Before an opioid is prescribed, it should be considered first of all if it is an appropriate medication for the issue in question, or if an alternate medication can be used. The prescribed dose and duration of prescription are also important, and a patient should be prescribed as little as possible to remain effective.

Careful consideration should also be given to the risk factors specific to that patient, for example, their medical history and if possible, their genetic predisposition to opioid use disorder. Although this would be a useful tool, genetic testing for such genes is not widely offered and it may be more appropriate to consider family history.

Whilst risk factors should be considered, they are not definitive predictors of whether or not a person will develop an opioid use disorder. It is therefore important that every person receiving an opioid prescription is clearly educated on the potential risks. This is particularly important when considering that it is not uncommon for opioids to be transferred from a person with a prescription to another person with an opioid use disorder. This particular phenomenon can be tracked via prescription drug monitoring programs.

Alternative treatments for chronic pain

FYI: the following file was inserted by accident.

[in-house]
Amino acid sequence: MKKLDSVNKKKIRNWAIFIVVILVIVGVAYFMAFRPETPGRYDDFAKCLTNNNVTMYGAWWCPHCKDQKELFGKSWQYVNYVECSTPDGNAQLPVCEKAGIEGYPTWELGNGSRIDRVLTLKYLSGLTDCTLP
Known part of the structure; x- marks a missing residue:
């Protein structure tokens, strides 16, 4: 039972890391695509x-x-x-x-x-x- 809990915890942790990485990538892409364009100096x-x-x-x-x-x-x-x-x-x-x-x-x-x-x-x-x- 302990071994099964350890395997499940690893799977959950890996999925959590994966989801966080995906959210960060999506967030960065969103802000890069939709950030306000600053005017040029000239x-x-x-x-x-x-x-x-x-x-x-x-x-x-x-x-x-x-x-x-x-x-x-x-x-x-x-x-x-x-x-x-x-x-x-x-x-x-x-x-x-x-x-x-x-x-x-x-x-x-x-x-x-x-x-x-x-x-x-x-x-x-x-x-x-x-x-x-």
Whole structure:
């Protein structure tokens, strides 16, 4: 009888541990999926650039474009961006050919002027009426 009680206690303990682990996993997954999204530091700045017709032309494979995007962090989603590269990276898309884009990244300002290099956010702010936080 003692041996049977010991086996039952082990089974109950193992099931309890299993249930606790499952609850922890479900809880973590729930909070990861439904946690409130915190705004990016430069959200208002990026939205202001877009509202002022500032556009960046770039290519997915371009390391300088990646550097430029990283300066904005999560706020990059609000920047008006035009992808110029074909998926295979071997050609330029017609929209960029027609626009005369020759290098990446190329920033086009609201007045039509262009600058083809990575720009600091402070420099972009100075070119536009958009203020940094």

As opioids are primarily used as analgesics, further research should be done into effective treatments for chronic pain. The scale of the opioid epidemic serves as proof that this class of drug carries increased risks compared to others. For this reason, new options must be explored for the management of chronic pain, to further reduce opioid prescription.

Reducing stigma and creating access to treatments

One of the easiest steps that many people can take is to reduce the stigma around opioid use disorder, using the proper terminology and reducing the spread of misinformation. This includes more widespread education on both the risks of misuse of prescription opioids, as well as the increased risks associated with the use of illicitly produced opioids.

This should be accompanied by accessible and non-judgemental help for those dealing with opioid use disorder, whether that be through support and therapies, or a medication-based approach. Additionally, there is a range of treatments aimed at reversing or minimizing the effects of opioid overdose. These treatments must be easily accessible to those who may require them.

Although the opioid epidemic is still prevalent, we now have a strong understanding of the contributing factors, which in turn have allowed the development of plans to combat it. By combining these approaches, it is possible to greatly reduce the incidence of opioid misuse and prevent thousands of opioid-related deaths.

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Last Updated: Oct 12, 2021

Morgan Rustidge

Written by

Morgan Rustidge

Morgan completed her BSc in Genetics at the University of Sheffield in 2019, fuelled initially by an interest in genetic diseases. As part of her undergraduate degree, she also studied aspects of Microbiology, Molecular Biology, and Biochemistry.